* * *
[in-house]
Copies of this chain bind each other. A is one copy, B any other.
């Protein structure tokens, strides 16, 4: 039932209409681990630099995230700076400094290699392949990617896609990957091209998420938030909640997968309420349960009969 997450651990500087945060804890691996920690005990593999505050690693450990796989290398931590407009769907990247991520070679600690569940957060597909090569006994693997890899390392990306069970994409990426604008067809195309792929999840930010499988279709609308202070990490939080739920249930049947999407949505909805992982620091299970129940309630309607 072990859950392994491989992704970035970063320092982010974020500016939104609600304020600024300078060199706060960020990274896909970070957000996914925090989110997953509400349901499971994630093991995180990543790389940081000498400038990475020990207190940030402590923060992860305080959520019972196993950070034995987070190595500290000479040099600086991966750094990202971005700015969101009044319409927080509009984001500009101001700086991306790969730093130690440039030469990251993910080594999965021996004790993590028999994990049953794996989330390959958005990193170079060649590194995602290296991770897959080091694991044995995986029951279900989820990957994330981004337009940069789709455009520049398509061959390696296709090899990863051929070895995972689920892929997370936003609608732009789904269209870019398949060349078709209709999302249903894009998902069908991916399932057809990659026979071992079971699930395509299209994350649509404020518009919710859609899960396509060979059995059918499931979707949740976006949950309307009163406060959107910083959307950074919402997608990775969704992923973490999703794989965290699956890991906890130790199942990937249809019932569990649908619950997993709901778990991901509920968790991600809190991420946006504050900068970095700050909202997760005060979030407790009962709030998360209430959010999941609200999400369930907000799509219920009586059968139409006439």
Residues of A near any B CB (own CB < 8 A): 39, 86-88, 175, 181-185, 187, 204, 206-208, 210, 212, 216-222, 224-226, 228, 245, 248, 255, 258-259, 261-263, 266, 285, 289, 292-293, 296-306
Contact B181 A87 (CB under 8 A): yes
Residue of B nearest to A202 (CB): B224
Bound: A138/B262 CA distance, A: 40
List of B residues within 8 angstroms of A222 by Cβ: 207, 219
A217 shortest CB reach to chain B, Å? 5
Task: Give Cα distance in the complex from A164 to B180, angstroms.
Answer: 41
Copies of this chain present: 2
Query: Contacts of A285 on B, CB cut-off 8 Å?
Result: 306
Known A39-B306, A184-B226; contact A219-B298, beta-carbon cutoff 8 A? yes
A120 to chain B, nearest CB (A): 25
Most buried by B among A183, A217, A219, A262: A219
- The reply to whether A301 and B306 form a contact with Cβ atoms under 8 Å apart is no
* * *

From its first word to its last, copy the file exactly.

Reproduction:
[in-house]
Copies of this chain bind each other. A is one copy, B any other.
């Protein structure tokens, strides 16, 4: 039932209409681990630099995230700076400094290699392949990617896609990957091209998420938030909640997968309420349960009969 997450651990500087945060804890691996920690005990593999505050690693450990796989290398931590407009769907990247991520070679600690569940957060597909090569006994693997890899390392990306069970994409990426604008067809195309792929999840930010499988279709609308202070990490939080739920249930049947999407949505909805992982620091299970129940309630309607 072990859950392994491989992704970035970063320092982010974020500016939104609600304020600024300078060199706060960020990274896909970070957000996914925090989110997953509400349901499971994630093991995180990543790389940081000498400038990475020990207190940030402590923060992860305080959520019972196993950070034995987070190595500290000479040099600086991966750094990202971005700015969101009044319409927080509009984001500009101001700086991306790969730093130690440039030469990251993910080594999965021996004790993590028999994990049953794996989330390959958005990193170079060649590194995602290296991770897959080091694991044995995986029951279900989820990957994330981004337009940069789709455009520049398509061959390696296709090899990863051929070895995972689920892929997370936003609608732009789904269209870019398949060349078709209709999302249903894009998902069908991916399932057809990659026979071992079971699930395509299209994350649509404020518009919710859609899960396509060979059995059918499931979707949740976006949950309307009163406060959107910083959307950074919402997608990775969704992923973490999703794989965290699956890991906890130790199942990937249809019932569990649908619950997993709901778990991901509920968790991600809190991420946006504050900068970095700050909202997760005060979030407790009962709030998360209430959010999941609200999400369930907000799509219920009586059968139409006439």
Residues of A near any B CB (own CB < 8 A): 39, 86-88, 175, 181-185, 187, 204, 206-208, 210, 212, 216-222, 224-226, 228, 245, 248, 255, 258-259, 261-263, 266, 285, 289, 292-293, 296-306
Contact B181 A87 (CB under 8 A): yes
Residue of B nearest to A202 (CB): B224
Bound: A138/B262 CA distance, A: 40
List of B residues within 8 angstroms of A222 by Cβ: 207, 219
A217 shortest CB reach to chain B, Å? 5
Task: Give Cα distance in the complex from A164 to B180, angstroms.
Answer: 41
Copies of this chain present: 2
Query: Contacts of A285 on B, CB cut-off 8 Å?
Result: 306
Known A39-B306, A184-B226; contact A219-B298, beta-carbon cutoff 8 A? yes
A120 to chain B, nearest CB (A): 25
Most buried by B among A183, A217, A219, A262: A219
- The reply to whether A301 and B306 form a contact with Cβ atoms under 8 Å apart is no